New Galaxy Redshift Distance Record (z=11) Seriously Threatens Big Bang models

Furthest Galaxy, GN-z11, at Redshift of 11.1

Furthest Galaxy, GN-z11, at Redshift of 11.1

A new record distance to a huge galaxy named GN-z11 has been observed and measured. It is dramatically farther than the previous distance holder. The constantly amazing Hubble Space telescope measured its distance spectroscopically at a Spectral line Redshift of 11.1.

“We’ve taken a major step back in time, beyond what we’d ever expected to be able to do with Hubble. We managed to look back in time to measure the distance to a galaxy when the Universe was only three percent of its current age.”Pascal Oesch, lead paper author.

Previous to this discovery, the furthest measured galaxy, EGSY8p7, is at a redshift of “only” z=8.68.

Due to its large spectral line redshift, researchers calculate that this large (billion solar masses) galaxy is being viewed only 400 million years after Big Bang; . . . which presents a major set of headaches for Big Bang.

“It’s amazing that a galaxy so massive existed only 200 million to 300 million years after the very first stars started to form. It takes really fast growth, producing stars at a huge rate, to have formed a galaxy that is a billion solar masses so soon,” explains Garth Illingworth of the University of California, Santa Cruz and Lick Observatory, one of the paper’s co-authors.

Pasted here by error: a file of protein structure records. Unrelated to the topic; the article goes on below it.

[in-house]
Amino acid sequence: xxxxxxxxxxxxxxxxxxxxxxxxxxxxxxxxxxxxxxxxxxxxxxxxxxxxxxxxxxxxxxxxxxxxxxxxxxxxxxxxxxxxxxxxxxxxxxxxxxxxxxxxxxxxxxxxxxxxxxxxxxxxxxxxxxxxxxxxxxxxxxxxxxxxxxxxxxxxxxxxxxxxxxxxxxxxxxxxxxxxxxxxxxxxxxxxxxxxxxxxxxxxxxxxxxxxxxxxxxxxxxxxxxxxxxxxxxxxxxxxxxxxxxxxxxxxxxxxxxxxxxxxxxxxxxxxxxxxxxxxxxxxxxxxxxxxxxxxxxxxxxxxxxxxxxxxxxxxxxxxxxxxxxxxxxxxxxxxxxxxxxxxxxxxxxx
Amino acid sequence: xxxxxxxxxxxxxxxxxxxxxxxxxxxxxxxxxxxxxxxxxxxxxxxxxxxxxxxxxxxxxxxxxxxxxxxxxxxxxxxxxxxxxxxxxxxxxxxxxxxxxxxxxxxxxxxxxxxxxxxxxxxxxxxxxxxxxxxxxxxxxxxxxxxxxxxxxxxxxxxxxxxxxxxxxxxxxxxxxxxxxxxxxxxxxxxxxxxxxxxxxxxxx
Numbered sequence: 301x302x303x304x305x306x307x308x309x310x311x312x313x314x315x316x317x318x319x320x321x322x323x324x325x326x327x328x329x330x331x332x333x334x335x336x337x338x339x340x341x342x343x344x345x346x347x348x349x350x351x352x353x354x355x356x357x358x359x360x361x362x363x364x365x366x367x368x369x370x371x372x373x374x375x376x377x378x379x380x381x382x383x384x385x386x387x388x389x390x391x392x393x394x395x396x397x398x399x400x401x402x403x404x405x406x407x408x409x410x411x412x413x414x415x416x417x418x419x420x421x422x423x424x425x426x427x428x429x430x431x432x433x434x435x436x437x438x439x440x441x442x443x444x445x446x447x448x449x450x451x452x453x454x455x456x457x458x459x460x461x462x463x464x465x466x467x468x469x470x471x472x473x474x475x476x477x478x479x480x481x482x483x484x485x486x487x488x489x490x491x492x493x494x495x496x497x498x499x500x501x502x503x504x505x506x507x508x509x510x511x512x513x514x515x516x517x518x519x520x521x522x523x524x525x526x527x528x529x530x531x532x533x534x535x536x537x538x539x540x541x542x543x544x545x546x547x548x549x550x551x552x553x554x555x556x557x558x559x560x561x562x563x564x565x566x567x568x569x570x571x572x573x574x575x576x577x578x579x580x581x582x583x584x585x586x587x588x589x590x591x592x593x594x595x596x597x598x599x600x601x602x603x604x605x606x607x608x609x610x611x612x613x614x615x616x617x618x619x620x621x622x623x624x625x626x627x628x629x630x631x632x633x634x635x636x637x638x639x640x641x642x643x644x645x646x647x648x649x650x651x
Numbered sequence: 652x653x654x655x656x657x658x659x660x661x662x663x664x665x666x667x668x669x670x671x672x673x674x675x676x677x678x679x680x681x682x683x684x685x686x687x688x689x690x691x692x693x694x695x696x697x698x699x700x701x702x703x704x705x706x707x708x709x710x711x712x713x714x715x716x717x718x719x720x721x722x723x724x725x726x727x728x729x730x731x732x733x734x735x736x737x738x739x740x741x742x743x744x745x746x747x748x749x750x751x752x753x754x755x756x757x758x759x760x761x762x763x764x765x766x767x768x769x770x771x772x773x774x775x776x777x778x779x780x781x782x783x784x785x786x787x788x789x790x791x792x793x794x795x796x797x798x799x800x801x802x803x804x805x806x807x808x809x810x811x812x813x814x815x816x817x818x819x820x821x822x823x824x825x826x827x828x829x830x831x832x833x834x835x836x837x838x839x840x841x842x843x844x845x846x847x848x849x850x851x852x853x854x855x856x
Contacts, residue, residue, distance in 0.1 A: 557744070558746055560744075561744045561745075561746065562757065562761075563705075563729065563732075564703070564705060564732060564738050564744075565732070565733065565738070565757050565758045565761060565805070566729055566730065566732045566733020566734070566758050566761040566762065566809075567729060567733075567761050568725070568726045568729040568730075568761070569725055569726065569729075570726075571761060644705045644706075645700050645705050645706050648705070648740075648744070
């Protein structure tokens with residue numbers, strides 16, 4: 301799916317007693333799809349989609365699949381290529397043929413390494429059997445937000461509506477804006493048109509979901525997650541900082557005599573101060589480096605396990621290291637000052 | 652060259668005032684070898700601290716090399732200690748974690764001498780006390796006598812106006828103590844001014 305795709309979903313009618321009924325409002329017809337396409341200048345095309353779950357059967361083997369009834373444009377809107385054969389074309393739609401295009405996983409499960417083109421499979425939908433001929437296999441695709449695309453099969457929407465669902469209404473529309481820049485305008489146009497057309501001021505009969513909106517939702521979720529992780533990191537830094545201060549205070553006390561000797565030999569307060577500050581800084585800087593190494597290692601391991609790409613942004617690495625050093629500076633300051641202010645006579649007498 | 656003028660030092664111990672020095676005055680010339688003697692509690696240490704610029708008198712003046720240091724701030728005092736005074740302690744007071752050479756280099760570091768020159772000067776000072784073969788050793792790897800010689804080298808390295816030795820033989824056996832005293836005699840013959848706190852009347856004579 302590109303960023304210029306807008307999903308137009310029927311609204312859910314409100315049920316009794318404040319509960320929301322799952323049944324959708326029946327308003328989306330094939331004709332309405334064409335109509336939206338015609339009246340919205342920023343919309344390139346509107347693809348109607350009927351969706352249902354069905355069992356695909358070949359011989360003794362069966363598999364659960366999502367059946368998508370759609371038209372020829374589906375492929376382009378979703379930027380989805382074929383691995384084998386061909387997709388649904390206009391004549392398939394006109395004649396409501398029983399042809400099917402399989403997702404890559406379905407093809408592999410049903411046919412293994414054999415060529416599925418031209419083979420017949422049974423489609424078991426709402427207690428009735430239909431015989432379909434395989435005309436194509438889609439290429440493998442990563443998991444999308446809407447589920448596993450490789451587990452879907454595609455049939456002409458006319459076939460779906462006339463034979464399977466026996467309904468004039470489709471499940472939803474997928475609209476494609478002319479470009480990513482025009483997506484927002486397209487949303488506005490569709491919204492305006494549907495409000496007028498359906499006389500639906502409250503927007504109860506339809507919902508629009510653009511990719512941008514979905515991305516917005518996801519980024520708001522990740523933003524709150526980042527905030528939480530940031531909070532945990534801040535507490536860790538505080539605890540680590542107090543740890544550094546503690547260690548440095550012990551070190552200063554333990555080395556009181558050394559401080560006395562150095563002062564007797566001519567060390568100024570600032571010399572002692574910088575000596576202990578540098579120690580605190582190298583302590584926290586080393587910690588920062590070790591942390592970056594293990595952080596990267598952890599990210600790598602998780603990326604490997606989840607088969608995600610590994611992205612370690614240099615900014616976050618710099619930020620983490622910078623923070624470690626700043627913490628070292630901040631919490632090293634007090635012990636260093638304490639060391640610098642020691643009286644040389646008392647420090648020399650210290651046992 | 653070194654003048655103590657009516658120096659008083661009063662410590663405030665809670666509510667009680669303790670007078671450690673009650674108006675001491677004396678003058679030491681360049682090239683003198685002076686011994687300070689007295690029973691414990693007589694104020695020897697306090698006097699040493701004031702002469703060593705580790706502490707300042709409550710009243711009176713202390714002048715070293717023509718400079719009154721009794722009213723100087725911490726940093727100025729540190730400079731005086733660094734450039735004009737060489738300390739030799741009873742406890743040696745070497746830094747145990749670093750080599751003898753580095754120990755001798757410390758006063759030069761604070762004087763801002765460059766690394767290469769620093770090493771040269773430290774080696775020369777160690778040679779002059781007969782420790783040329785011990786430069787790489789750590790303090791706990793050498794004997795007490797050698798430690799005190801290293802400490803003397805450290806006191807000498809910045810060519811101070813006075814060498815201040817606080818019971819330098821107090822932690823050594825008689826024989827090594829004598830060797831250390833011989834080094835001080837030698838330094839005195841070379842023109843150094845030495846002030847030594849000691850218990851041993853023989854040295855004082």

Commentary :

Because Big Bang (LCDM) requires matter to be so smoothly distributed, it takes considerable time to create stars, and then for those stars to gather into a galaxy.

According to Big Bang the first atoms were created some 380 thousand years after universe start up, and until recently, most of us believed the first star began shining about 400 million years later. (1)

 European Space Agency's updated Big Bang Timeline showing First Light and Stars (credit BBC)

European Space Agency’s updated Big Bang Timeline showing First Light and Stars (credit BBC)

However, leading researchers European Space Agency’s PLANCK mission updated the Big Bang Timeline in 2015 by reporting the first generation of stars did not light up until some 560 million years after the Big Bang.

This new extraordinarily, unexpectedly distant galaxy, GN-z11, raises a calamitous, and likely fatal problem for Big Bang. That’s because there is no reasonable way to explain the existence of a huge, complete galaxy (not the mere starting formation of a galaxy) in the “blink of an eye.” Only ~ 400 million years after the first atoms were created. (For reference it was “only” 400 million years ago when Earth’s first creatures left the ocean and evolved into dinosaurs.)